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Across the High Divide, by Laurie Wagner Buyer

Review by Lynda La Rocca

Poetry – October 2006 – Colorado Central Magazine

Across the High Divide
by Laurie Wagner Buyer
Published in 2006 by Ghost Road Press
ISBN: 0-9771272-5-7

I HAVE LONG BEEN A FAN of Laurie Wagner Buyer’s poetry. This is a writer who always lets readers know exactly where she stands, and what she stands for, in language that is at once simple and straightforward, compelling and completely mesmerizing.

In her third poetry collection, Across the High Divide, Buyer goes beyond expressing the feelings, desires, and regrets of a woman who lives, loves, works, and plays as fast and furiously as a summer-afternoon cloudburst in her beloved Colorado high country.

This time Buyer literally rips open her soul to expose the agony and bewilderment that characterize the end of the kind of love we always believe will last forever — until it doesn’t. I know it’s trite to describe a writer as “bleeding all over the page,” but so be it. That is exactly what Buyer does in many of the poems in this 105-page collection. She makes us bleed, too. And then, just when the pain is most intense, she comforts us and guides us back into the light.

This book would be worth its $13.95 price tag just for the two long poems that sandwich the collection and take the reader full circle, from the wild despair of a relationship that has died to the ecstasy of finding love again when, and where, it was never expected. The first poem, Selling Guns, weaves the history of half a lifetime through the guns the middle-aged narrator

“on the edge of insanity

on the verge of divorce after twenty years”

is desperate to get rid of regardless of whether the dealer pays her what they’re worth. These are guns that friends used to kill themselves, guns that she was forced to fire to put down one suicide’s pets, the dog and cats that she could neither care for nor take home. These are guns that the man she once loved used to dispatch the colt she’d “petted and pampered since the day he was born,” guns she feared would kill him or her — or both of them.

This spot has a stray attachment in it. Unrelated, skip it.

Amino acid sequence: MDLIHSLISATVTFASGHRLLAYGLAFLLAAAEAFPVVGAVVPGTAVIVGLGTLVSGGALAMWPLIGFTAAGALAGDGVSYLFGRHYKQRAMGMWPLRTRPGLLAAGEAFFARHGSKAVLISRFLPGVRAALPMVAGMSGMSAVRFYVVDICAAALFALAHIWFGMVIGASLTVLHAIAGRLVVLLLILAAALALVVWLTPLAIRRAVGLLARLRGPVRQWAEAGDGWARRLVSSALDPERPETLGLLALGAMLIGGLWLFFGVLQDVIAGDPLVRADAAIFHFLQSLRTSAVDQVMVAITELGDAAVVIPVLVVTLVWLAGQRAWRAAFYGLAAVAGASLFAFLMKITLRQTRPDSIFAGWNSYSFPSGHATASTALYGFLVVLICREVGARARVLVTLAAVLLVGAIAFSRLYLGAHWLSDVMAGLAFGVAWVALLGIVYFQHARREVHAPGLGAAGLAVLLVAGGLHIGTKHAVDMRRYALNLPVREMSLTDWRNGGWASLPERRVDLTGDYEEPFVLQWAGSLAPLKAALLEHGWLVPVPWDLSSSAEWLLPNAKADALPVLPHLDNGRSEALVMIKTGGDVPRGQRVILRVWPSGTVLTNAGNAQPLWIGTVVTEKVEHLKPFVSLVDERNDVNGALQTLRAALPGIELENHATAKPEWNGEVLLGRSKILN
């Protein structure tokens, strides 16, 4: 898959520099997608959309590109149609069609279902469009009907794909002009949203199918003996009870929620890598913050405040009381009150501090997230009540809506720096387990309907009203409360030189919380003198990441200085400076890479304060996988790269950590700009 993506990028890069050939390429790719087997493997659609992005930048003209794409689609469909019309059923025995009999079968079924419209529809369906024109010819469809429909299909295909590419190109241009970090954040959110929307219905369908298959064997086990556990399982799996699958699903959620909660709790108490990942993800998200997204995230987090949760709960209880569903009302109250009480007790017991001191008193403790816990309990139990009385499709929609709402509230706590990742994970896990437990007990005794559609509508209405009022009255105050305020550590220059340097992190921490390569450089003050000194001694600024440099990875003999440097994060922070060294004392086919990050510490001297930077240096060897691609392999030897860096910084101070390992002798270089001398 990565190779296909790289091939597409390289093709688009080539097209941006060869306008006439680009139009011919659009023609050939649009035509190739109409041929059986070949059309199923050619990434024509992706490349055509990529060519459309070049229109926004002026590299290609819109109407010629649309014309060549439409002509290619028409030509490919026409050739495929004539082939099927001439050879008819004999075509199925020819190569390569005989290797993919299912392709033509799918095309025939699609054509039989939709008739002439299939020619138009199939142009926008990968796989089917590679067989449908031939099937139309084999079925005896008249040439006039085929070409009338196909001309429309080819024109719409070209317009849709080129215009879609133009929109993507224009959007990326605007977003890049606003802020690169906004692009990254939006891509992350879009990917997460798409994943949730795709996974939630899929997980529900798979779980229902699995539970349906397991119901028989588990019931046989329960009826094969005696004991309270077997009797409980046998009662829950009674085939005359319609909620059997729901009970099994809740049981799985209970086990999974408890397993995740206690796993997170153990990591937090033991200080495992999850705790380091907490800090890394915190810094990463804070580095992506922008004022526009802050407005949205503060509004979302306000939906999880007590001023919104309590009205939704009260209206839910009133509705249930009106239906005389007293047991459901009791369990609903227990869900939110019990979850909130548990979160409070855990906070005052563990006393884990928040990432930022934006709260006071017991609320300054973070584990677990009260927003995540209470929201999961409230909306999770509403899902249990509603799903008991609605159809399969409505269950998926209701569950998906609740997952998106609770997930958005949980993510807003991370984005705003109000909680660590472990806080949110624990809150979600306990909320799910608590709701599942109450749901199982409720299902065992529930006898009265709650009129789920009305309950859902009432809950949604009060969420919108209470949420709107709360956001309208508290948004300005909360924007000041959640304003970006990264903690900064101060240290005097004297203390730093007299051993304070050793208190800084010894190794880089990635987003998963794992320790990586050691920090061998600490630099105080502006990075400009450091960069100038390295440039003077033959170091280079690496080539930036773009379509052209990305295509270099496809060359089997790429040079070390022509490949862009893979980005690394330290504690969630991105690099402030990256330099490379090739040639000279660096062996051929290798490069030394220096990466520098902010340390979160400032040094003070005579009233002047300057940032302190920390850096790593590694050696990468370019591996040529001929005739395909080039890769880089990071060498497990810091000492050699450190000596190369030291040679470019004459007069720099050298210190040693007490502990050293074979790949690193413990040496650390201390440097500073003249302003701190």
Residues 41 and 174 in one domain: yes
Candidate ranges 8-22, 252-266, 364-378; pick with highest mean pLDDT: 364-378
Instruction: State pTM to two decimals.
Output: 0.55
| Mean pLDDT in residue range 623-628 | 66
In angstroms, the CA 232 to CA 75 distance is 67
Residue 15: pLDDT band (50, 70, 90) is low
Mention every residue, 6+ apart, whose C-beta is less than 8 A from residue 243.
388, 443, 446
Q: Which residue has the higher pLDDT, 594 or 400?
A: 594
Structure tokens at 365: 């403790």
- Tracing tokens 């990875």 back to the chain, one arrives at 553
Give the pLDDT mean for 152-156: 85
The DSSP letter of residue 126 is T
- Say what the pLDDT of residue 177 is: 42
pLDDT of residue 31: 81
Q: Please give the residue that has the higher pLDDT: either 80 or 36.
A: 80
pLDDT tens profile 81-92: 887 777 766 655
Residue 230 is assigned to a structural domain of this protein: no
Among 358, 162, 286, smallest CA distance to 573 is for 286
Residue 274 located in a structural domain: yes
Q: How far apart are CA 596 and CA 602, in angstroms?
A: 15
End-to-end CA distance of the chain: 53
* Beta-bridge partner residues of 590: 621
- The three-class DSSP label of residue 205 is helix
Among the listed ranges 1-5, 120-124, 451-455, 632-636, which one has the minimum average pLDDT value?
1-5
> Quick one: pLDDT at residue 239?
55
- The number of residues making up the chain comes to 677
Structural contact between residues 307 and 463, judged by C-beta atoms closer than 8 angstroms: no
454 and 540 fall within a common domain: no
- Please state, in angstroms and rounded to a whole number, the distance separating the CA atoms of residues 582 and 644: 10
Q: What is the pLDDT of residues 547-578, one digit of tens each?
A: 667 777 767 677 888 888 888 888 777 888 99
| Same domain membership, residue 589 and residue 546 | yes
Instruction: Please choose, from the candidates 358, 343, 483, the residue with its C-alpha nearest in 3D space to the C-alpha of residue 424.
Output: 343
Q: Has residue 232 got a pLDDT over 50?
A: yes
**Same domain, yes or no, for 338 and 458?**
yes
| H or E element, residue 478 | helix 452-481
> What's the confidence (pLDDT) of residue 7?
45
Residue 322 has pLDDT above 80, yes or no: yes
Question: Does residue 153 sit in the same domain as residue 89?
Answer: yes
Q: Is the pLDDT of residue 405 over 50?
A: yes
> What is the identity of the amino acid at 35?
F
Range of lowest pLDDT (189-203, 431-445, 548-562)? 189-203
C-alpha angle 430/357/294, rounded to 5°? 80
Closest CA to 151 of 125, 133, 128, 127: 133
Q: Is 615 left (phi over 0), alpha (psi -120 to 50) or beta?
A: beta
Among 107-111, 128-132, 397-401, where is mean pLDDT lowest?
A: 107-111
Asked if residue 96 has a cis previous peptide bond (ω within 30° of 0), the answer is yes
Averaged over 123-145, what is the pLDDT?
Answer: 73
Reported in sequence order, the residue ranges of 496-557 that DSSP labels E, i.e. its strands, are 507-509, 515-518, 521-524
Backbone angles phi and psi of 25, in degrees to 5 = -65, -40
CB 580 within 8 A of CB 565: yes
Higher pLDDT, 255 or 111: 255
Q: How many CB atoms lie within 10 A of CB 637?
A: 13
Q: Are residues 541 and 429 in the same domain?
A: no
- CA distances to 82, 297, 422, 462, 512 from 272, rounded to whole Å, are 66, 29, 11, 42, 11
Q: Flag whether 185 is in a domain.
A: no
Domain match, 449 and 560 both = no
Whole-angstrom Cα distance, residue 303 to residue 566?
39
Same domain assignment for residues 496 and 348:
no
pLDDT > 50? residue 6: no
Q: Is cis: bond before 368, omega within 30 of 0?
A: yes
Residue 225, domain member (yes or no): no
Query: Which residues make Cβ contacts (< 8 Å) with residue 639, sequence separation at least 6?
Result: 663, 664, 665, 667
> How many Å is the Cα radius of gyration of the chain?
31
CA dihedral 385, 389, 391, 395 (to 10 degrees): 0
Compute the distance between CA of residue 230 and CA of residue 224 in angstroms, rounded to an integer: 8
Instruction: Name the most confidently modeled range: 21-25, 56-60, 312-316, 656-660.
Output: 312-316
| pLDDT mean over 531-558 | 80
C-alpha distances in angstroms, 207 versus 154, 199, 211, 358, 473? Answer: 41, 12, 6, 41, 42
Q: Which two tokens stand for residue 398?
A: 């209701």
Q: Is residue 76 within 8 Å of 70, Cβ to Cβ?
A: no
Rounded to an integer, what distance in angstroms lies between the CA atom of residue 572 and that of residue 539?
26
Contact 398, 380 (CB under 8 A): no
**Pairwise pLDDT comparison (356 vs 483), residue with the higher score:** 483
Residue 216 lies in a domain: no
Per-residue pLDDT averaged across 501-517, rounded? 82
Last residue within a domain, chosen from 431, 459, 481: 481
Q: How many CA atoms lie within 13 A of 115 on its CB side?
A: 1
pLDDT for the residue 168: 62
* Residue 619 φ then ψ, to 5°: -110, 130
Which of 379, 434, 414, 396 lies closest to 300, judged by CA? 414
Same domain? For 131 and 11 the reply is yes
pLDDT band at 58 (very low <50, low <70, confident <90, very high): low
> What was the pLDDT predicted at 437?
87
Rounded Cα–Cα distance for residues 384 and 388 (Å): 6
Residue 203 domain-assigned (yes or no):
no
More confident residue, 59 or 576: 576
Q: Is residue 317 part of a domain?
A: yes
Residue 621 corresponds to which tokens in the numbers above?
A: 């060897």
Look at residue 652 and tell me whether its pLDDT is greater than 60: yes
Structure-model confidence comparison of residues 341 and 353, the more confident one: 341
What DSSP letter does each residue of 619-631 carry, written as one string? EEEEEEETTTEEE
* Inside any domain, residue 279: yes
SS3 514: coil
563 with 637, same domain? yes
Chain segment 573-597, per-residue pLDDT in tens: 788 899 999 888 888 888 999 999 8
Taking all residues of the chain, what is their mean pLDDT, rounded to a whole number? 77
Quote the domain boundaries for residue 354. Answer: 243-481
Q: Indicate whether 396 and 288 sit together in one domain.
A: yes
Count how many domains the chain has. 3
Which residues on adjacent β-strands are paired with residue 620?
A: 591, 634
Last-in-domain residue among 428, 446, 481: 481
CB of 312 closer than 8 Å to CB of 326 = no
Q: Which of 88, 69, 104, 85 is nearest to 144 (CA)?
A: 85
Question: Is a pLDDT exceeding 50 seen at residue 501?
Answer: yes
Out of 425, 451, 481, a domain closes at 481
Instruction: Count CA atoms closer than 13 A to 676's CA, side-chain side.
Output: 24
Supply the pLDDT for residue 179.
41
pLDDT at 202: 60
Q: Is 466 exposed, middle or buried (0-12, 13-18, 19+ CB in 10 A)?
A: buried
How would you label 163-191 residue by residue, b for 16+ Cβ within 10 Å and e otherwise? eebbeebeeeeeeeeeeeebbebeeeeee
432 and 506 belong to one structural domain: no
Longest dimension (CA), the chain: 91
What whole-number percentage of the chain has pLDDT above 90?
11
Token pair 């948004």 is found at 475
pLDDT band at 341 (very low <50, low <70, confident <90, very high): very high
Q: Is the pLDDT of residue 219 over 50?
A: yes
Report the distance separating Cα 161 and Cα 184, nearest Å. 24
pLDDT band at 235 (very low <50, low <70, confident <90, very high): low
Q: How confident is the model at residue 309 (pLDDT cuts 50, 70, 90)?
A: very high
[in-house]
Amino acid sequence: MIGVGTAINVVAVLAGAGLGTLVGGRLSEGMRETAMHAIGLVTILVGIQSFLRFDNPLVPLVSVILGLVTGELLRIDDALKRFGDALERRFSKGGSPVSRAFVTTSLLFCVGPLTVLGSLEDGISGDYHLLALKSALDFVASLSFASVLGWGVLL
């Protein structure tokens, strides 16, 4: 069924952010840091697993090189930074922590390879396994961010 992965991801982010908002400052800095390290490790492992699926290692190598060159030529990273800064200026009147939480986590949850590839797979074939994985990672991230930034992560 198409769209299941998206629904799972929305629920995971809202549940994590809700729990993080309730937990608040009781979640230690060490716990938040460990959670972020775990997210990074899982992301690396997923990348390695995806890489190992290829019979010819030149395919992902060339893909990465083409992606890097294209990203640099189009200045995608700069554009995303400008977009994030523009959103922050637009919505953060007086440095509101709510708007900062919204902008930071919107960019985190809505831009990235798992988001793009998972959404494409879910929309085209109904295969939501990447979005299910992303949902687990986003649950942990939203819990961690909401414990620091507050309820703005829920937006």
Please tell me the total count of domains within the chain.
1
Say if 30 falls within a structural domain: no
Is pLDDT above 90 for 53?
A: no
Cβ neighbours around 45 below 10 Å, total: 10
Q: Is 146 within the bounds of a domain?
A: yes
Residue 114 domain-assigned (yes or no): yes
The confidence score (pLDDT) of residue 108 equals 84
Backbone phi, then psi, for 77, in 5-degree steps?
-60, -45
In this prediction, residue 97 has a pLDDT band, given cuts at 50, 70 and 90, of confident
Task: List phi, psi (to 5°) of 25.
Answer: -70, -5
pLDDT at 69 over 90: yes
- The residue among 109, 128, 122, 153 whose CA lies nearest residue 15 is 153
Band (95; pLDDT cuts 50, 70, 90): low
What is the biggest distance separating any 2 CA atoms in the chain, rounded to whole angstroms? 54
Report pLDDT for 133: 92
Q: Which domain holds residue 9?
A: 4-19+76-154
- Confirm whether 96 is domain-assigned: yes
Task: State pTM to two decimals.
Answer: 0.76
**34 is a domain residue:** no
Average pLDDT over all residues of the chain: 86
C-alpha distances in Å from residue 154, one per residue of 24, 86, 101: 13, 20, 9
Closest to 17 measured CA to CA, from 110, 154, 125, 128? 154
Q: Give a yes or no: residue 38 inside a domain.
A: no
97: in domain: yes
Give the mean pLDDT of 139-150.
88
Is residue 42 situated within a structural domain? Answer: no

What does a woman do when she asks “what’s wrong”

and the answer is “nothing?” . . .

What does she do when her husband tells her,

“I never trusted you

and I don’t believe you ever loved me?”

I want to know how she’s supposed to go on.

BUT GO ON SHE DOES. And in the concluding, 20-page prose poem, The Week of Wanting More, she finds her center and her self again in a wild, wonderful, incredibly erotic love that left me weak in the knees (among other areas of my anatomy).

As the title indicates, this poem depicts the all-encompassing eagerness and insatiable desire of new lovers who “soothed and stroked and touched and tasted until we slept,” only to wake and wander small-town streets and flower-filled meadows, talking, dancing, drinking wine, and eating avocados and plums between “bouts of making love” on the kitchen table, in the claw-footed bathtub, by candlelight, starlight, and daylight, over and over and over again. These lovers want to swallow each other whole; they can’t get enough of each other. And frankly, neither could I.

“Who said love was meant for the young?” asks the besotted poet. Who, indeed? Talk about your paean to life’s endless possibilities. This poem is it.

That said, I’m briefly donning my grammar-cop uniform to note that Buyer’s tendency to ignore capitalization and hyphenation and her penchant for turning what should be one word into two detracts and distracts ever-so-slightly from what is otherwise a fine body of work.

Granted, poets twist and shape and reinvent grammar and syntax to suit their own needs, and that sometimes makes it difficult for readers (and reviewers) to distinguish between stylistic liberties and plain old mistakes. Some of Buyer’s choices may be deliberate, so I’ll defend my position by recalling snippets from last winter’s National Public Radio interview of then-poet laureate Ted Kooser. In cautioning against employing stylistic quirkiness, Kooser gave an example of a poem in which the subject pronoun “I” appears in lowercase. This misusage could be intentional, Kooser explained, but readers wouldn’t know that. They might, therefore, become so caught up in searching the text for additional examples of the “error” that they lose the entire sense of the poem, he opined.

There’s little danger of that here, though. Despite the occasional glitch, Buyer’s meaning is as clear as the high-country sky on a sunny October afternoon. Born of pain yet blossoming with hope, this collection is a “labor of love” in every sense.